Cruz meanwhile has made it clear that he wants a two-man race against Trump -- who could make an argument for being at least a part-time Florida resident at his private club at Mar-a-Lago in Palm Beach -- and hopes to force Rubio out with a loss in Florida. Other polls show Rubio behind 6 to 19 percentage points there.

    “Right now this is Donald Trump’s to lose,” said Mark Weaver, a longtime Republican consultant based in Ohio. “It’s hard to see the momentum stopping.”

    Weaver predicted a narrow win for Kasich in Ohio and a loss for Rubio to Trump in Florida. In both states, the Republican winner takes all of the delegates — 99 in Florida, 66 in Ohio.

    “And I bet you it’s not enough to derail the Trump train,” Weaver said.

    Four other contests will be held on Tuesday: primaries in Illinois, Missouri and North Carolina and a Republican caucus in the Northern Mariana Islands. For Republicans, Florida and Ohio stand out as a last chance for their favorite sons and for their winner-take-all rules. But Illinois and Missouri together will allocate 121 delegates by congressional district, and North Carolina has 72 delegates to be distributed on a proportionate basis.

    Kasich has a 6-point lead over Trump in Ohio, but Trump is ahead in Illinois, according to NBC News/Wall Street Journal/Marist polls done there. In Florida and in Illinois, Trump is favored among most key demographic groups except for likely voters who describe themselves as very conservative. Among that group, Cruz has the advantage.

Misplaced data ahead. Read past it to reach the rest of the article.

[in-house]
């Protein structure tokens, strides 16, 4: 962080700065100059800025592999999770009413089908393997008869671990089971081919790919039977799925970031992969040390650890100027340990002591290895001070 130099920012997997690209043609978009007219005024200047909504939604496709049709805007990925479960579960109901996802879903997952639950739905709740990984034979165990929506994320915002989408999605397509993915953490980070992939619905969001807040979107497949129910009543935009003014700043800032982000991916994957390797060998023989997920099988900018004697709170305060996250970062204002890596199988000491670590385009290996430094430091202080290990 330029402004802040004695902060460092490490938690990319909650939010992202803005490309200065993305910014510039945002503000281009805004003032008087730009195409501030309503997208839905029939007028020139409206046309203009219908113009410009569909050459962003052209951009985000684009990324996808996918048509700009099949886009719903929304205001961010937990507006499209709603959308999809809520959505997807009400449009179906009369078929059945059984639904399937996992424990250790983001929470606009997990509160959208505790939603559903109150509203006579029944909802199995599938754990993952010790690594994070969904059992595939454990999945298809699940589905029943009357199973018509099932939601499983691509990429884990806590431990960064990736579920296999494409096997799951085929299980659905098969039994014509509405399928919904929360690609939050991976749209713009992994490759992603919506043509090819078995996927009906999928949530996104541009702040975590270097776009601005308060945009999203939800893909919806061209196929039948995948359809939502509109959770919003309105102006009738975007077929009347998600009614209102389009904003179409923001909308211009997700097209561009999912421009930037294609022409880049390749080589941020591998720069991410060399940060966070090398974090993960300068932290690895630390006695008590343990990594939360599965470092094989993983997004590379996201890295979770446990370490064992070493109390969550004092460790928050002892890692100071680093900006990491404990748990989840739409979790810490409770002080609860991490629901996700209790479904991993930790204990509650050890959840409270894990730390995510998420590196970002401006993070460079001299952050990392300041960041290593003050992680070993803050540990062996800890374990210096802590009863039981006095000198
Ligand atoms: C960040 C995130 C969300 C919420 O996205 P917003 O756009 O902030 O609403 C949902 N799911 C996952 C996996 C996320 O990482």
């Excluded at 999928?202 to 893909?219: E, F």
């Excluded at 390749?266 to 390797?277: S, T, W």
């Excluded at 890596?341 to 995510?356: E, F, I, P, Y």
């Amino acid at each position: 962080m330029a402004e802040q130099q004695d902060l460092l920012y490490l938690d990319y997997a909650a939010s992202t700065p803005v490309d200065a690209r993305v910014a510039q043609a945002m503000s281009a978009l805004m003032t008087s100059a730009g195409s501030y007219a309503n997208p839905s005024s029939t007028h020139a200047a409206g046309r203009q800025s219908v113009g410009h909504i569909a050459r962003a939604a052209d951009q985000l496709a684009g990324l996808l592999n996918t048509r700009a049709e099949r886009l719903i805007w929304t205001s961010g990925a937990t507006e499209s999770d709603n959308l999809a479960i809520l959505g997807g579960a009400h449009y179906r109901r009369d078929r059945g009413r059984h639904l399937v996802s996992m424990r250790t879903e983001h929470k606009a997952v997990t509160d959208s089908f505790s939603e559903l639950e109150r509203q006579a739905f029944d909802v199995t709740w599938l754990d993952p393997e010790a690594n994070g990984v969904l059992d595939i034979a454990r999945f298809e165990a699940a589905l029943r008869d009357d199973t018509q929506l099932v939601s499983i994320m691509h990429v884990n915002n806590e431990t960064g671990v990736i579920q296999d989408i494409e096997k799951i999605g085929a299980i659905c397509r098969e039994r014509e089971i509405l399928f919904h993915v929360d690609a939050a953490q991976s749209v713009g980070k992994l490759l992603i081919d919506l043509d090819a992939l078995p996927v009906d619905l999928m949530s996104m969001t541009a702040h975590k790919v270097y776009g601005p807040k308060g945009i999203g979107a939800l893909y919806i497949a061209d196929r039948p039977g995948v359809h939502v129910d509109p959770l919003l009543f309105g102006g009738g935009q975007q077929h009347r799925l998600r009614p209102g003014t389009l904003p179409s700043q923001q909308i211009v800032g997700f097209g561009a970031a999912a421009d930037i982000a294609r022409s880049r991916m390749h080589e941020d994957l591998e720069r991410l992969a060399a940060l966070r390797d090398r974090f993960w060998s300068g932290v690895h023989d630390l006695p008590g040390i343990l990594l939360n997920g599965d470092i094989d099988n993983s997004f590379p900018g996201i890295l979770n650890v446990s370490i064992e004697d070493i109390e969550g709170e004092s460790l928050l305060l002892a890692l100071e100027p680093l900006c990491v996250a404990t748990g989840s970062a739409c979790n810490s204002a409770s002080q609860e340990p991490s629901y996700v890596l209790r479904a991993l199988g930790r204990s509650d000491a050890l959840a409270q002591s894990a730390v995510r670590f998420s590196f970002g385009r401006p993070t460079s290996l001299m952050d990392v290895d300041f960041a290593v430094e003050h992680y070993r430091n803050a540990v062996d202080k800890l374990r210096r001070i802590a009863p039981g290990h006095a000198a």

“For those who thought March 15 was going to be the end of the confusion, we’re going to know a lot more but the show will gone,” said Lee Miringoff, the director of the Marist Institute of Public Opinion.

    Among the Democrats, former Secretary of State Hillary Clinton leads Vermont Sen. Bernie Sanders in Florida, Ohio and Illinois, according to the polls.

    Rubio has won only three contests: Puerto Rico, Washington, D.C., and Minnesota. Going into Tuesday's vote, Trump had 460 delegates to 370 for Cruz, 163 for Rubio and 63 for Kasich. To win the Republican nomination, a candidate needs 1,237 delegates.